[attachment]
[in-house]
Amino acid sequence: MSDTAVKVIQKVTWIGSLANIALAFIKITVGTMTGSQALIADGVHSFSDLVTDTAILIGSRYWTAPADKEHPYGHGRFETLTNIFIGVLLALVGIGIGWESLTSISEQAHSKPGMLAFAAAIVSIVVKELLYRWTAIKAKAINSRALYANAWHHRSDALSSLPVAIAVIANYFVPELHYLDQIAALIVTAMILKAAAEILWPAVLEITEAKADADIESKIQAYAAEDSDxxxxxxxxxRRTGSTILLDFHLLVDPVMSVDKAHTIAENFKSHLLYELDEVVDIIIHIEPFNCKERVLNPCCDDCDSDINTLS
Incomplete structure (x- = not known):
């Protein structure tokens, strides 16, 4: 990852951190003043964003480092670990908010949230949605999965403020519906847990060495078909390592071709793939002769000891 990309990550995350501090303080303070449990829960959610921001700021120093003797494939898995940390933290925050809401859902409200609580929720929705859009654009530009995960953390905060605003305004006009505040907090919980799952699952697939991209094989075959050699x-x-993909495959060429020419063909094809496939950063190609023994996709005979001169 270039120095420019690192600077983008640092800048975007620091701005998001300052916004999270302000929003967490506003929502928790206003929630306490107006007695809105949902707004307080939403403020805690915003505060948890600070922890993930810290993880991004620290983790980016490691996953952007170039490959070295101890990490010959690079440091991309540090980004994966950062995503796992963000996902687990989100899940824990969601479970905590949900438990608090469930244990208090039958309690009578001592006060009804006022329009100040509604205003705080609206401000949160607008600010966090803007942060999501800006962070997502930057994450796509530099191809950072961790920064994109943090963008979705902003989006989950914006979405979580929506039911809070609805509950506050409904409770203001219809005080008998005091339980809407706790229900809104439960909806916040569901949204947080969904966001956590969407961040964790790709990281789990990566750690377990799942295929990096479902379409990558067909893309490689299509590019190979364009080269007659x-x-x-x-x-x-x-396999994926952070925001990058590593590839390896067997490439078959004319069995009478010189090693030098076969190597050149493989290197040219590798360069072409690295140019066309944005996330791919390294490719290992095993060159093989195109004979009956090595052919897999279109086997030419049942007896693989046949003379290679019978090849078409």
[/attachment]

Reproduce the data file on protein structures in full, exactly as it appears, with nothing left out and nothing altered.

[in-house]
Amino acid sequence: MSDTAVKVIQKVTWIGSLANIALAFIKITVGTMTGSQALIADGVHSFSDLVTDTAILIGSRYWTAPADKEHPYGHGRFETLTNIFIGVLLALVGIGIGWESLTSISEQAHSKPGMLAFAAAIVSIVVKELLYRWTAIKAKAINSRALYANAWHHRSDALSSLPVAIAVIANYFVPELHYLDQIAALIVTAMILKAAAEILWPAVLEITEAKADADIESKIQAYAAEDSDxxxxxxxxxRRTGSTILLDFHLLVDPVMSVDKAHTIAENFKSHLLYELDEVVDIIIHIEPFNCKERVLNPCCDDCDSDINTLS
Incomplete structure (x- = not known):
């Protein structure tokens, strides 16, 4: 990852951190003043964003480092670990908010949230949605999965403020519906847990060495078909390592071709793939002769000891 990309990550995350501090303080303070449990829960959610921001700021120093003797494939898995940390933290925050809401859902409200609580929720929705859009654009530009995960953390905060605003305004006009505040907090919980799952699952697939991209094989075959050699x-x-993909495959060429020419063909094809496939950063190609023994996709005979001169 270039120095420019690192600077983008640092800048975007620091701005998001300052916004999270302000929003967490506003929502928790206003929630306490107006007695809105949902707004307080939403403020805690915003505060948890600070922890993930810290993880991004620290983790980016490691996953952007170039490959070295101890990490010959690079440091991309540090980004994966950062995503796992963000996902687990989100899940824990969601479970905590949900438990608090469930244990208090039958309690009578001592006060009804006022329009100040509604205003705080609206401000949160607008600010966090803007942060999501800006962070997502930057994450796509530099191809950072961790920064994109943090963008979705902003989006989950914006979405979580929506039911809070609805509950506050409904409770203001219809005080008998005091339980809407706790229900809104439960909806916040569901949204947080969904966001956590969407961040964790790709990281789990990566750690377990799942295929990096479902379409990558067909893309490689299509590019190979364009080269007659x-x-x-x-x-x-x-396999994926952070925001990058590593590839390896067997490439078959004319069995009478010189090693030098076969190597050149493989290197040219590798360069072409690295140019066309944005996330791919390294490719290992095993060159093989195109004979009956090595052919897999279109086997030419049942007896693989046949003379290679019978090849078409």